Finding Out About Fester

Cherry knew Fester was having an affair. All the signs were there: late nights at the warehouse, his secretive phone calls at odd hours of the night, and—worst of all—how his feelings towards her had blackened. For days she had denied all the evidence, but today she discovered a new wrinkle, one that defied rationalization: it turns out that Fester had quit his job two weeks ago. Where was he going at nights then? She needed to know, so at dusk she followed him, found his hideout, a warehouse in the river district where he used to work, and crept up beneath a window that radiated the telltale glow of his television. “ 3 rd and 11 for the Browns, Manziel from the slot… He drops back…” Cherry tuned out the rest, as she always did. There was no doubt Fester was inside. No one else watches old Browns games. At home, Fester would view the same one multiple times while pounding back Pabsts, one after another. Unlike Papa, though, Fester never got stupid drunk. Also, he had never physi

Dispelling the Magic

After last night’s rains, the morning sunshine and blue skies are a pleasant surprise. The air is clean and bursts with life’s electricity, as Jazz, my 4-year-old son, and I arrive early in Washington Square Park with my guitar and harmonica, setting up between the fountain and the arch. On days like these, I can rely on a steady stream of tourists for my songs and stories. Sometimes I photograph them too, posing them within the renovated arch, so, from the south, the Empire State Building glistens behind them. Life as a street performance artist has its advantages. It is like playing in life’s theater as it plays for you. You learn to guess the roles of the other actors by their shoes. They are a dead giveaway. The woman sorting office mail doesn’t wear Louis Vuitton high heels or boots as she passes through the arch or races up the narrow subway steps. The park’s Greenpeace canvassers use this shortcut when they choose their “stops.” “ Hey, thanks for stopping,” says one. “I’m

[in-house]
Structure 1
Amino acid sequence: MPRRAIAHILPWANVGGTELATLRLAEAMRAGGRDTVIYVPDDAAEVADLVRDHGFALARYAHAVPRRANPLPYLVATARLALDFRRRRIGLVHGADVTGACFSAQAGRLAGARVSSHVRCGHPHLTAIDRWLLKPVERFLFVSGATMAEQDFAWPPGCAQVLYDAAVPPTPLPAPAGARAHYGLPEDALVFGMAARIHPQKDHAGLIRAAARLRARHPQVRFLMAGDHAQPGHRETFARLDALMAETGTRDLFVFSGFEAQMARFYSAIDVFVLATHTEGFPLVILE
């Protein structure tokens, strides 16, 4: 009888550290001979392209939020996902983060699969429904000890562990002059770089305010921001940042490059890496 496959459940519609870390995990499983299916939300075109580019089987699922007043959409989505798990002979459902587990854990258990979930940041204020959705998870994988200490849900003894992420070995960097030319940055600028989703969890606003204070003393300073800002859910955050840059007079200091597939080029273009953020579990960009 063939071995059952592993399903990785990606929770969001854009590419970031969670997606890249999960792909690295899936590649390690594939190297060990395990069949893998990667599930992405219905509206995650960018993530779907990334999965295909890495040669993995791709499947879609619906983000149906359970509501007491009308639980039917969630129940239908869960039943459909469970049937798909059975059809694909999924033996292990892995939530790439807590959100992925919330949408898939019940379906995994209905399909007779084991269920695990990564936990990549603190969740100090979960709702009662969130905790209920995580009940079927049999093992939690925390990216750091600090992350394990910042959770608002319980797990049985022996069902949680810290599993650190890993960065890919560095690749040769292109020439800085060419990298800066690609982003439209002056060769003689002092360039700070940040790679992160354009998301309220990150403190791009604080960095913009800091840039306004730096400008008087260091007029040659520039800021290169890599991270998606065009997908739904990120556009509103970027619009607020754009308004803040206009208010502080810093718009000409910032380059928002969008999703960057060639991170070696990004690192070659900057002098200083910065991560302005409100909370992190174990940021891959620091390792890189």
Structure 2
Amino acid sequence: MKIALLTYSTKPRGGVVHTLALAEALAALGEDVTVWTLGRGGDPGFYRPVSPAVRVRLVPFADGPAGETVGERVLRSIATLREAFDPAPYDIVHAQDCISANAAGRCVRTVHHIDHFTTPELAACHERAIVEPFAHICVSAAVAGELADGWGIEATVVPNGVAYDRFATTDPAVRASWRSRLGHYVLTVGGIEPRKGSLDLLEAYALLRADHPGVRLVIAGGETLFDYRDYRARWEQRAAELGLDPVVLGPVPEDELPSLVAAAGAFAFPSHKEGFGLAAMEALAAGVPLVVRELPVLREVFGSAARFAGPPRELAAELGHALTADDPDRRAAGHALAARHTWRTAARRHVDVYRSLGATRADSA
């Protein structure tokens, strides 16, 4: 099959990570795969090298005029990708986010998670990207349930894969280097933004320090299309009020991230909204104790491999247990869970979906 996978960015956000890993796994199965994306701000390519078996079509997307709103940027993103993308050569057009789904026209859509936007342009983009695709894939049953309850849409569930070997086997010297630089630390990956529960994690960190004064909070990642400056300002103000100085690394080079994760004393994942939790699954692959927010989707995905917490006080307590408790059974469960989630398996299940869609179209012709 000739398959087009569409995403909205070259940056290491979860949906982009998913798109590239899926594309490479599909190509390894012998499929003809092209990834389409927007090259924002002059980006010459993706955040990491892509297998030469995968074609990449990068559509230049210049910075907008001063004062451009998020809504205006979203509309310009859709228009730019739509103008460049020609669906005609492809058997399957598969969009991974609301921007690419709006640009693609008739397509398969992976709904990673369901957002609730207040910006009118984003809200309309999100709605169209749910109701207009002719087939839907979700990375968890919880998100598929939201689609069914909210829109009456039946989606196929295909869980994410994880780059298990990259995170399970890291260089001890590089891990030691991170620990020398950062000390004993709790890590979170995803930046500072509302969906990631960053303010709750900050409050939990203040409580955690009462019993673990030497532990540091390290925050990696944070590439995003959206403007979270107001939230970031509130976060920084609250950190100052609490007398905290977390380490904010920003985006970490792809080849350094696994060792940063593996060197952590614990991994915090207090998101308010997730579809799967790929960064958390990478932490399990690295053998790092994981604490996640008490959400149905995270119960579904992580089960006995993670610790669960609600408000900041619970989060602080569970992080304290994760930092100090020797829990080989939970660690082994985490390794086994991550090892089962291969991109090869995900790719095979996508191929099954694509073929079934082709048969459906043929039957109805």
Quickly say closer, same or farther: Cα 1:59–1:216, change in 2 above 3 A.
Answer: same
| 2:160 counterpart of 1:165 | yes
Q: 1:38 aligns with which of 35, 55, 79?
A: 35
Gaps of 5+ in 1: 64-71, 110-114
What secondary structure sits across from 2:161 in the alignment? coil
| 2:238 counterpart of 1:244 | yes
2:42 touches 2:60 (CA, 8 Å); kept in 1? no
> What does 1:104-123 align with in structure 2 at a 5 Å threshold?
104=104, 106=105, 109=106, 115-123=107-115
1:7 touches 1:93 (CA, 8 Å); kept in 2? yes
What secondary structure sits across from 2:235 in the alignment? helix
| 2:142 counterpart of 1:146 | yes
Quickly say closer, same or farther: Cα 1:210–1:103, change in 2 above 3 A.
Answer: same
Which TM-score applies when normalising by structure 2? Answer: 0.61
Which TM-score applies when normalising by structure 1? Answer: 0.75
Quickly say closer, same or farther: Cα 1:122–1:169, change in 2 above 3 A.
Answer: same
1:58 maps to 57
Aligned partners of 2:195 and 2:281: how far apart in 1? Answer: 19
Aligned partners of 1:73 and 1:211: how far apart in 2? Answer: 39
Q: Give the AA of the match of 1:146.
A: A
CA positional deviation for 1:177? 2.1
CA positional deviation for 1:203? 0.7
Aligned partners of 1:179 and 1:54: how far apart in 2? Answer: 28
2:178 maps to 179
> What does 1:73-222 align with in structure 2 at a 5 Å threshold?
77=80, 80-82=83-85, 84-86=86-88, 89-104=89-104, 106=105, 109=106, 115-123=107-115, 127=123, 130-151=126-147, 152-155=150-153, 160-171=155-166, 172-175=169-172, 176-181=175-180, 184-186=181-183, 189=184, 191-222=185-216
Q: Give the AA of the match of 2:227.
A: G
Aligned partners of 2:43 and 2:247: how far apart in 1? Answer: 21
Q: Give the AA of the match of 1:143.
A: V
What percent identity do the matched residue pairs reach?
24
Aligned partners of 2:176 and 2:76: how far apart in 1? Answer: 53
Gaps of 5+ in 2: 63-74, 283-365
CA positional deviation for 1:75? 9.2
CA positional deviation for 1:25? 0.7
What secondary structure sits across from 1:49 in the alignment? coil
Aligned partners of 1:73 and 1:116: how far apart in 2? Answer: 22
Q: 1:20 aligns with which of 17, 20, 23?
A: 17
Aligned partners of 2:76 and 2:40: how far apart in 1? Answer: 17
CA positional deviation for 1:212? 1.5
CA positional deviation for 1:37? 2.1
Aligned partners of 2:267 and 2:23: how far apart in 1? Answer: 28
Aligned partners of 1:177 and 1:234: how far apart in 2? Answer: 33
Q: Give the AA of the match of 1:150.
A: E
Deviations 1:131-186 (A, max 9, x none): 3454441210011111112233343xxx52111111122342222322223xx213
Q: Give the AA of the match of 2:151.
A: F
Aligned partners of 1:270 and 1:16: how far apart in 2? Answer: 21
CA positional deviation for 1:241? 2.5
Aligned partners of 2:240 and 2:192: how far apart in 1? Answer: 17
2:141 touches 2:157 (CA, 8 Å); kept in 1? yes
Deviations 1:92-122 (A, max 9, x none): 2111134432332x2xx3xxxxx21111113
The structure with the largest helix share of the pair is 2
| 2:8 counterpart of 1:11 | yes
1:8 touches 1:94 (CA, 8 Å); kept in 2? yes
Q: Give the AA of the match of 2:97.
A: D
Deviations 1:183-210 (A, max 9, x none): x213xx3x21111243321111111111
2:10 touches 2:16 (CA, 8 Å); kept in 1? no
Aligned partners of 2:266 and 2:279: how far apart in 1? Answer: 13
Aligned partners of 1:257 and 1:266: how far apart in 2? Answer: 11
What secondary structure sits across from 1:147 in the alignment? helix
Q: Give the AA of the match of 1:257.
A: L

My Review of Spinning Silver by Naomi Novik

Spinning Silver by Naomi Novik My rating: 5 of 5 stars Note: mild spoilers (just a little more than a dust jacket summary and list of characters) Naomi Novik’s modern fairy tale, Spinning Silver , draws from Indo-European folklore, especially the story of Rumpelstiltskin. Novik is both upfront and subversive about the story’s roots, starting the novel by retelling the story of the miller’s daughter from the perspective of her tragically-worldly young protagonist, Miryem, who facing starvation and her mother’s illness becomes the debt collector for her inept money-lending father, Panov Mendelstam. Miryem’s great ability to collect debts hardens her, while also garnering a reputation that she has an uncanny talent of creating gold, “spinning the silver” kopeks owed to her family and her opportunistic profits in the marketplace into gold zloteks. Both of these aspects of her development have consequences throughout the story. I’m going to keep the spoilers to the bare minimum to discus

Nothing for the Follicles

Liddell Gibson looks up from the job application he studies and flashes a grin to Jazz, the man seated across the cafeteria table. Jazz returns it with serenity, and Liddell notes his concrete jaw, wide brow, and hint of stubble the same hue as his long Viking gold locks. They were about the same age, but Gibson had ten years of fast food service experience, six years as a manager. “ You studied creative writing in college,” Liddell says. “I don’t see any fast food in your work experience. In fact, I don’t see much work experience at all.” Jazz stretches his long arms. The plastic round seat is too small, his knees almost graze the underside of the table. Still, he looks almost comically comfortable. “ If I’m hired by Big Brown Burgers, I promise to show up on time, be respectful, and listen to you and my coworkers. I want to help Big Brown Burgers succeed and promise to dedicate myself to achieving that glorious success. I have many talents—” “ Wait. Wait. You know it’s just